Message Of Inspiration In Difficult Times
To put it mildly, these are worrying times.
The global health emergency that we are currently facing is the largest and most pervasive in at least one hundred years. Similar to a boxer who has been beaten into insanity, our economy is stumbling. Opinions have become “facts.” Social unrest is on the rise. Political “discourse” (such as it is), centered around the removal or retention of arguably the most controversial, divisive, polarizing administration anyone can remember; has devolved to that of a couple of three-year-olds shouting “A poo-poo head, you are!” “No, your face is!” On November 3, it feels like we are all together, unrestrained in a 1950s rusty, claptrap old school bus; without seatbelts; careening down a mountain road with potholes; hanging on for dear life while yelling in terror for someone to save us. We’re hoping we don’t go too far and that everything will turn out alright in the end. Yet, that grating, inner voice refuses to shut up, saying, “Don’t get your hopes up” continues to grow louder. I simply wish it would all end.
There’s still more, though!
Ghia, Mother Earth, is experiencing an existential crisis, leading to never-ending firestorms, constant flooding, bone-dry draughts, and – in general – exceptionally severe weather that is wreaking havoc on property and lives (including non-human ones) on a previously unheard-of scale on a global scale. (For the record, I long to live in a world where the word, “unprecedented” is no longer a standard adjective.)
Our collective and emotional, physical, and mental health have been harmed by the chest-constricting, anxiety-inducing catalog of events. For those of us who can remember it, the Stephen King horror tale of 2020 is like a Disney fairy tale in comparison to 1968. Nobody has ever experienced a revolution like this, not even one person alive today. Not one of us.
I don’t have to tell you that, of course. You both experience and see it. You and I are both experiencing it. As goes the curse, we are living in “fascinating” times.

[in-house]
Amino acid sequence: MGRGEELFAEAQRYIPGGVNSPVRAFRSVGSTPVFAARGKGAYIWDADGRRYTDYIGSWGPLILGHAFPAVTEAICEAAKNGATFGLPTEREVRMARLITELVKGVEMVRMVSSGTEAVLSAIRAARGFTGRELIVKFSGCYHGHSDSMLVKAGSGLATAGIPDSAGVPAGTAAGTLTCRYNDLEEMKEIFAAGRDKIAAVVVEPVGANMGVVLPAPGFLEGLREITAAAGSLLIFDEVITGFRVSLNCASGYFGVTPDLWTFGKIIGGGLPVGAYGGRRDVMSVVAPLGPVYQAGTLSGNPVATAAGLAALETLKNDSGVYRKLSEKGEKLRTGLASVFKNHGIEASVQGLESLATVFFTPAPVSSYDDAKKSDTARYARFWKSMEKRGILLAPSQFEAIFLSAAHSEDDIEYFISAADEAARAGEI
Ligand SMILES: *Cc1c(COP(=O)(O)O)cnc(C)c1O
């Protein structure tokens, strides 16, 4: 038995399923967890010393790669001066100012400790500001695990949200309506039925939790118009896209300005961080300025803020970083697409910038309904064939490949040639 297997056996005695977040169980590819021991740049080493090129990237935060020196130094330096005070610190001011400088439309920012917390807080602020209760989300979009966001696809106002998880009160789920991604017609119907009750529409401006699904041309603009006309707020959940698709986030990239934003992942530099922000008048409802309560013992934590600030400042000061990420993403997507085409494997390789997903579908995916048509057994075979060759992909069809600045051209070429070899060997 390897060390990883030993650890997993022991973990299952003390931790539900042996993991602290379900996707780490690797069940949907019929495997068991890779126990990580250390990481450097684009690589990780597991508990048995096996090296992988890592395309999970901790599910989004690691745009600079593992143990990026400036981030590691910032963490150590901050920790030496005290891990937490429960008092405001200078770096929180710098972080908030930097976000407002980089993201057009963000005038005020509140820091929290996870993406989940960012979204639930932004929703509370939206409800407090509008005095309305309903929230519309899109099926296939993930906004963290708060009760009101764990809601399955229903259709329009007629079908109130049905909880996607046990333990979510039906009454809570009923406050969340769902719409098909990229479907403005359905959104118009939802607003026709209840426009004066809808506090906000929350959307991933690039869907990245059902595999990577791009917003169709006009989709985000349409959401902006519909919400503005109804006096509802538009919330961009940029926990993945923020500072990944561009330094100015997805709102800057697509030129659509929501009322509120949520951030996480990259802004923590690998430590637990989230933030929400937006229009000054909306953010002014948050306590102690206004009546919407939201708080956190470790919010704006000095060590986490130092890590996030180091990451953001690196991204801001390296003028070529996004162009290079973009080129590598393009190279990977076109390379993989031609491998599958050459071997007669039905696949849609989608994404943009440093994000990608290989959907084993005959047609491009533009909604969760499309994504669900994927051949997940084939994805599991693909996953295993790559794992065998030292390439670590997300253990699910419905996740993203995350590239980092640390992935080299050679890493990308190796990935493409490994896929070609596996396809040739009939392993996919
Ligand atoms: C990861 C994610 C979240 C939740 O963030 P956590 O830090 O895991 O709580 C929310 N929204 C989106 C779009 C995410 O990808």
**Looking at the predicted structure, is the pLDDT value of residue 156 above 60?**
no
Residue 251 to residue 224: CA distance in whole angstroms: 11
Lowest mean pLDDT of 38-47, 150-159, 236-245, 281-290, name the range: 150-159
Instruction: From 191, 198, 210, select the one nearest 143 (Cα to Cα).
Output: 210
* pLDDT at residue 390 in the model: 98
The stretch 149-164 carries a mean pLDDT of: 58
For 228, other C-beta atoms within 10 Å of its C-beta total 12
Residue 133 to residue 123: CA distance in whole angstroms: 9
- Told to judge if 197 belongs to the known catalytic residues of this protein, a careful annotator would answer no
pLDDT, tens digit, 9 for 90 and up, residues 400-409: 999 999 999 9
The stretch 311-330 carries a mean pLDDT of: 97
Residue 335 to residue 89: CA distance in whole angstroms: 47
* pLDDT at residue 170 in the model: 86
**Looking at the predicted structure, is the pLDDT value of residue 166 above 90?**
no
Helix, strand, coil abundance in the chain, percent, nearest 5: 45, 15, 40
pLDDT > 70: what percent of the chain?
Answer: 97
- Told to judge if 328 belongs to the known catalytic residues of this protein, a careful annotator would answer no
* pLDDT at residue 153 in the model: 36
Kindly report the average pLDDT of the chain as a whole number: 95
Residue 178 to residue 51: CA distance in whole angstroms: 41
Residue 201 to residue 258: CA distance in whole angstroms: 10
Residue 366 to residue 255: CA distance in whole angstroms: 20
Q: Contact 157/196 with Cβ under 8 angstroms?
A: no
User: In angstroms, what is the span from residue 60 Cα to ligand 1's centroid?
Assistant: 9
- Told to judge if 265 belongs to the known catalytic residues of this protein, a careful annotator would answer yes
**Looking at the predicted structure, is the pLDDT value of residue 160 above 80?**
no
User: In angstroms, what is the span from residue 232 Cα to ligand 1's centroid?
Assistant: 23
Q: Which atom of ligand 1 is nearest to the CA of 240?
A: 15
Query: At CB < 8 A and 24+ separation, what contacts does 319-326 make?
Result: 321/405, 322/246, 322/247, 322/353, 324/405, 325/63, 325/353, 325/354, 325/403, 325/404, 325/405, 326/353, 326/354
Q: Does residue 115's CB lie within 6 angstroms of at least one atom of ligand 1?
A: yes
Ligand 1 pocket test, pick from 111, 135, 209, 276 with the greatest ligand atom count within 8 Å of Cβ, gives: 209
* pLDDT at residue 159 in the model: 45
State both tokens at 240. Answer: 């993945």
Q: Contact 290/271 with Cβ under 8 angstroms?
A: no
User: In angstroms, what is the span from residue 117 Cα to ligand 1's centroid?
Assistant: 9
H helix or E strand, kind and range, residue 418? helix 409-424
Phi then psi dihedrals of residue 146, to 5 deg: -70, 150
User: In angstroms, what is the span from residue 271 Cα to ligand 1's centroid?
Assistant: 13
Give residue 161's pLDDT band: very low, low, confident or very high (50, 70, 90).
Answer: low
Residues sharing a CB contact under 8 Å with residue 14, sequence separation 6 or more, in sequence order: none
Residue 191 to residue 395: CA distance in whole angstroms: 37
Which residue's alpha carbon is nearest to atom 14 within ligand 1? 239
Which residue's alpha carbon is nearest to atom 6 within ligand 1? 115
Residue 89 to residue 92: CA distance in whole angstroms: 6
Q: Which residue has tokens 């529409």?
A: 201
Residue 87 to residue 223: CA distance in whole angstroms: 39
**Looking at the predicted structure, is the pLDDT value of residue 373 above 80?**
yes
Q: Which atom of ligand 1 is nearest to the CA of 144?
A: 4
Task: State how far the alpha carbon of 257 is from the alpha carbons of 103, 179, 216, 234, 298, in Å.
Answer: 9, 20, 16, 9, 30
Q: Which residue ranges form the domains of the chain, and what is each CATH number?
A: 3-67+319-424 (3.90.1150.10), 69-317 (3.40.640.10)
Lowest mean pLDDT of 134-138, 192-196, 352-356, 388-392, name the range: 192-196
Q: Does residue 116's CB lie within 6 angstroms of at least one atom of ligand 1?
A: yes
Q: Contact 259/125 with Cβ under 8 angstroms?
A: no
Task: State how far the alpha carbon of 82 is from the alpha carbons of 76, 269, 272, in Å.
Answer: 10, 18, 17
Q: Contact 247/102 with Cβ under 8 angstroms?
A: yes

When even the sky is shrouded in a thick layer of smoke from burning things, it can be difficult to maintain optimism.
But I had a brief moment of thought.
It’s common knowledge in the field of behavioral change that a combination of force, pain, and fear serves as the trigger for change. After all, no one wakes up one morning, surveys his or her lifestyle, decides all is idyllic, and proclaims, “Let me see how I can change it, God, I love my life.” No, change doesn’t reveal itself until we are exhausted, afraid, battered, and overwhelmed. It’s called “rock bottom,” that gut-churning sensation that something – anything – is better than where we are, so despite whatever pain or uncertainly lies ahead, we reluctantly, unwillingly, tenuously, tread gingerly into the new. Change happens when it is implemented gently and repeatedly.
We are currently in a rock-bottom situation as individuals, as a society, and as a global community that is inextricably linked to one another.
So, I am trying – weakly I’ll admit – to look at these days not as end-times but as the impetus causing us to question everything, and to hopefully take the energy of the turbulence churning around us as the catalyst to inch forward in the direction of what future historians will call the “New Awakening.” I want to create a world that is more sympathetic, gentle, kind, supportive, cooperative, and in harmony with the environment for our great-grandchildren and beyond.
The arc will take several generations to complete, so I’m not sure if you and I will live there. However, we need to act, think, and pray as though it will happen. The alternative is unimaginable.
Maintaining hope is important. We must keep in mind that everyone is involved in this.